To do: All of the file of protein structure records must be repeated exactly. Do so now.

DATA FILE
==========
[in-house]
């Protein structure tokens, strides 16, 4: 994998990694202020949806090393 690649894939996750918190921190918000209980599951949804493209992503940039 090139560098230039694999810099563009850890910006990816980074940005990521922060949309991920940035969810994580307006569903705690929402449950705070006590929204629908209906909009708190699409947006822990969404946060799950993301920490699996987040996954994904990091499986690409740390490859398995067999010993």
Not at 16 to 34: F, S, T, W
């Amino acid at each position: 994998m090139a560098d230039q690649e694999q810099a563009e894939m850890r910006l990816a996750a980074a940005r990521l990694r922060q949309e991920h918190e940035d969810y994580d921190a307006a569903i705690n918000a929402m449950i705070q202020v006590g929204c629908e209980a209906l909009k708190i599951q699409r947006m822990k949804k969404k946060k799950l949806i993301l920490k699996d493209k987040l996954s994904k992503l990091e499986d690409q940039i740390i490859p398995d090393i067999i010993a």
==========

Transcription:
[in-house]
């Protein structure tokens, strides 16, 4: 994998990694202020949806090393 690649894939996750918190921190918000209980599951949804493209992503940039 090139560098230039694999810099563009850890910006990816980074940005990521922060949309991920940035969810994580307006569903705690929402449950705070006590929204629908209906909009708190699409947006822990969404946060799950993301920490699996987040996954994904990091499986690409740390490859398995067999010993």
Not at 16 to 34: F, S, T, W
């Amino acid at each position: 994998m090139a560098d230039q690649e694999q810099a563009e894939m850890r910006l990816a996750a980074a940005r990521l990694r922060q949309e991920h918190e940035d969810y994580d921190a307006a569903i705690n918000a929402m449950i705070q202020v006590g929204c629908e209980a209906l909009k708190i599951q699409r947006m822990k949804k969404k946060k799950l949806i993301l920490k699996d493209k987040l996954s994904k992503l990091e499986d690409q940039i740390i490859p398995d090393i067999i010993a």